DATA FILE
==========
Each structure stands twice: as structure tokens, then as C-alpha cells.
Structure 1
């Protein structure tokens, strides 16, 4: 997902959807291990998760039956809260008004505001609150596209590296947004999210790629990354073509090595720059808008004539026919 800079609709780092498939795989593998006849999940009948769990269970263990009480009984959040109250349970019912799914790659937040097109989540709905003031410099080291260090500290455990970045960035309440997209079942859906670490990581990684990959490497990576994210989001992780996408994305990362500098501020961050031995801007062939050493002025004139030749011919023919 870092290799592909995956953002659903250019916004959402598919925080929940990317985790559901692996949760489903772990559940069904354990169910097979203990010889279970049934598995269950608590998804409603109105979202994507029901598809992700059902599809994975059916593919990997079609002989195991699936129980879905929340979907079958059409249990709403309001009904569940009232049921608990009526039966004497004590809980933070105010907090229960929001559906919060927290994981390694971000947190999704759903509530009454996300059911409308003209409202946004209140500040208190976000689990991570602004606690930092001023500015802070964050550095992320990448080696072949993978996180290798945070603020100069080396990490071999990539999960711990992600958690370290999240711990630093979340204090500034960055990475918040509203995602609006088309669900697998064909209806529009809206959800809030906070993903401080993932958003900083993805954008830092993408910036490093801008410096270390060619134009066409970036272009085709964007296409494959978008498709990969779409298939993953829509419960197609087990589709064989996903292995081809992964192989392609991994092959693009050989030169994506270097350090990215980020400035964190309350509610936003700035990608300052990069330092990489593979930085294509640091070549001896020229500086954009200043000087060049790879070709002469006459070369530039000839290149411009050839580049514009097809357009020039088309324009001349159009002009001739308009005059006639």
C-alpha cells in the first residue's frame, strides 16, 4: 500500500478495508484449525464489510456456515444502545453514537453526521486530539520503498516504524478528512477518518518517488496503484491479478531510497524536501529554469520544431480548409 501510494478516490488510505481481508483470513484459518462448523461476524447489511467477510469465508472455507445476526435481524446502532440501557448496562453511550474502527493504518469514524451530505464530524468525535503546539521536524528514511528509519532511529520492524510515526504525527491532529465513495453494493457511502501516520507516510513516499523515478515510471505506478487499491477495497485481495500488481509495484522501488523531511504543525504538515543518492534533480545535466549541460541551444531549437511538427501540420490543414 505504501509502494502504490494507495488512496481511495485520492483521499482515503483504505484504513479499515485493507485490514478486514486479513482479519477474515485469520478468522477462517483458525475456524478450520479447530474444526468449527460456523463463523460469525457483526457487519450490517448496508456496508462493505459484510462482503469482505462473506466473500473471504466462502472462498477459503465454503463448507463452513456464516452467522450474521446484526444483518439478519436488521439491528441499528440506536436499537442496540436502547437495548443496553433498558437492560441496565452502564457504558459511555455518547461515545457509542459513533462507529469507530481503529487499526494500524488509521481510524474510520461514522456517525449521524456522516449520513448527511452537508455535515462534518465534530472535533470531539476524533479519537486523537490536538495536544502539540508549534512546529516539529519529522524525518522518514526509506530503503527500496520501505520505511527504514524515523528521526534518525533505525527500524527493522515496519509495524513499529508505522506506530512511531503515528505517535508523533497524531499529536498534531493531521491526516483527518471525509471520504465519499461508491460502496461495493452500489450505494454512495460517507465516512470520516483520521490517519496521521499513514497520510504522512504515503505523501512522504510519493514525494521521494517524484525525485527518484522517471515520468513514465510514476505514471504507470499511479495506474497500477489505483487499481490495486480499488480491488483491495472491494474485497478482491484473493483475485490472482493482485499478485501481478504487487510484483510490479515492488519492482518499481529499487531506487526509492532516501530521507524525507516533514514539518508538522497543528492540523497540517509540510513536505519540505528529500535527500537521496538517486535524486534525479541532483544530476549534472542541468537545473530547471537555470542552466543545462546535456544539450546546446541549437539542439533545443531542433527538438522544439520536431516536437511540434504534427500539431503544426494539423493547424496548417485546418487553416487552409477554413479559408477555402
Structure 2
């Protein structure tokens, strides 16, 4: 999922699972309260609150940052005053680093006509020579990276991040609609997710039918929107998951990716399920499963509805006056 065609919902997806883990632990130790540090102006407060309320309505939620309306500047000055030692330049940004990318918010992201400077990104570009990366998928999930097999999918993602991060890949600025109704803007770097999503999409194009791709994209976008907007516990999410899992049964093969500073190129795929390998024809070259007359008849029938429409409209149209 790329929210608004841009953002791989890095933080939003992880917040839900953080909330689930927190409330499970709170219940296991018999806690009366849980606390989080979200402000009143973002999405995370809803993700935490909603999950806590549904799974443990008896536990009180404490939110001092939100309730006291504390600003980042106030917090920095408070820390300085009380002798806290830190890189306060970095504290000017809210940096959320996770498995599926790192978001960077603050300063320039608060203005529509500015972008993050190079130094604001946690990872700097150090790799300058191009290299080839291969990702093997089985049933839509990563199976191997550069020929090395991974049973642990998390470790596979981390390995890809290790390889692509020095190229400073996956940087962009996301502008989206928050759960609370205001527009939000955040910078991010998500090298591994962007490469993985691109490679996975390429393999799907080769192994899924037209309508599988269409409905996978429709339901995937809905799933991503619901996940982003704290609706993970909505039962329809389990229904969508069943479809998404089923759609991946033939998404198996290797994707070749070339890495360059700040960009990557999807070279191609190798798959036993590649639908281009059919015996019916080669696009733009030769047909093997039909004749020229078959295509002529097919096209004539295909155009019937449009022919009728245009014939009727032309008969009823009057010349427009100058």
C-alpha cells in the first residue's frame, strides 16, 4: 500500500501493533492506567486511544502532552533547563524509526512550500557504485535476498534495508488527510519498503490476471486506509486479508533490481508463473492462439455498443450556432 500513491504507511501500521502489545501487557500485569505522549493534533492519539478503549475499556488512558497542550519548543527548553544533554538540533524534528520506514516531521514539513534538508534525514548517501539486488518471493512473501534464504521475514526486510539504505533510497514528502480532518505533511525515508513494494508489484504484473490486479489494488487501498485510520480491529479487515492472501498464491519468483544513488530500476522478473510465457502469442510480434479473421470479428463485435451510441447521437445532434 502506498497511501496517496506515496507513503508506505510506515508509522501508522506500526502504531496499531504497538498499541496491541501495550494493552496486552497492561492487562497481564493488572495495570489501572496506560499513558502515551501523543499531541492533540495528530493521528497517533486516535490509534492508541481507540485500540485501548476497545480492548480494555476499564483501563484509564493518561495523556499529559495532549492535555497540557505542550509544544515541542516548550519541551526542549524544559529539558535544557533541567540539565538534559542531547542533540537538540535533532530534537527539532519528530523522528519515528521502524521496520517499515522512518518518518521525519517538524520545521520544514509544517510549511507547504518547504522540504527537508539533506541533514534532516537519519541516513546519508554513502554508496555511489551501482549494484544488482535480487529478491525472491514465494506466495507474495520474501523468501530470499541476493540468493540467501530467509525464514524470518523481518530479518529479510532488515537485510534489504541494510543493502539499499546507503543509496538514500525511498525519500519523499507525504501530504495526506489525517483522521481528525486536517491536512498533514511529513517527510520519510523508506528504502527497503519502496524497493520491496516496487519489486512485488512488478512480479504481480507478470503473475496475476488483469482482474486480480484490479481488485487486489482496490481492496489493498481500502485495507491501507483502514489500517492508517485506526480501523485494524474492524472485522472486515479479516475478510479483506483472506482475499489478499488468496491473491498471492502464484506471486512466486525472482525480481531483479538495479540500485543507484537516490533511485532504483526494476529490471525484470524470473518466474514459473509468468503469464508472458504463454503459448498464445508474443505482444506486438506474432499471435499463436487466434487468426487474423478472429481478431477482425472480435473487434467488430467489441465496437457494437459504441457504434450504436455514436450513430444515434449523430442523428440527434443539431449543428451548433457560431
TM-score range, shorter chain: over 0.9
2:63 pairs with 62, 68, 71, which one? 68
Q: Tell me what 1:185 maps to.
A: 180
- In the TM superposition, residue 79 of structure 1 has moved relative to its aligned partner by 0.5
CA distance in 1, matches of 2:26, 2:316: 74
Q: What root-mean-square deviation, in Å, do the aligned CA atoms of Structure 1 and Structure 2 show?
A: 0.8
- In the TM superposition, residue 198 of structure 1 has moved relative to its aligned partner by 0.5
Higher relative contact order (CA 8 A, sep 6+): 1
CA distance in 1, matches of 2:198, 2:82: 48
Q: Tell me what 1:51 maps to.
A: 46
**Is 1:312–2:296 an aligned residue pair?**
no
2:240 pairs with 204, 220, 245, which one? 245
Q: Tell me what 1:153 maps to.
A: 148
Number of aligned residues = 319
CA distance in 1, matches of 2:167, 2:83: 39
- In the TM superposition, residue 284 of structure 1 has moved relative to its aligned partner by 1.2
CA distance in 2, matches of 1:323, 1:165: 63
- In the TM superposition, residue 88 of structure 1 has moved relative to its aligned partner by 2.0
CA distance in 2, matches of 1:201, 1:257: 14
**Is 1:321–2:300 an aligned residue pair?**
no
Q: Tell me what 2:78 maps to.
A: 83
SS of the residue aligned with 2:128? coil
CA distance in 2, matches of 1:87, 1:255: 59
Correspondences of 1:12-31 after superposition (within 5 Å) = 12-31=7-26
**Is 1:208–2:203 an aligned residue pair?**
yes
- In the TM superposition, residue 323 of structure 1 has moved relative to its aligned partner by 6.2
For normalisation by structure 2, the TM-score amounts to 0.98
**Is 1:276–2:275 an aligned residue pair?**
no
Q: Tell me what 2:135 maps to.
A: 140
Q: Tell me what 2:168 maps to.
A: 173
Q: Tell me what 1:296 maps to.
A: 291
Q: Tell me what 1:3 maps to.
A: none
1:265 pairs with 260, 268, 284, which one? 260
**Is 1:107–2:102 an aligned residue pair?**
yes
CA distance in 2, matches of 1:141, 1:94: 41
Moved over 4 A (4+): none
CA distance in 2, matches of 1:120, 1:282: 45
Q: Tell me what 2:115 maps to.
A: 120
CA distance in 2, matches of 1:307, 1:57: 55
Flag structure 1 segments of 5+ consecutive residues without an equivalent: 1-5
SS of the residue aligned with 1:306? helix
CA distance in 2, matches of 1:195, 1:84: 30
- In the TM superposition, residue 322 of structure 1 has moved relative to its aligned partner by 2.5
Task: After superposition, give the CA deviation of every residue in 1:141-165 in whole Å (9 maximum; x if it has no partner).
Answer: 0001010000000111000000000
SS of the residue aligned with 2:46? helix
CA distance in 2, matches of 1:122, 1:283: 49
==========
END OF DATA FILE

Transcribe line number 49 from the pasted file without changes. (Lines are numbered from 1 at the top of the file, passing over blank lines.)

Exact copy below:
Q: Tell me what 1:296 maps to.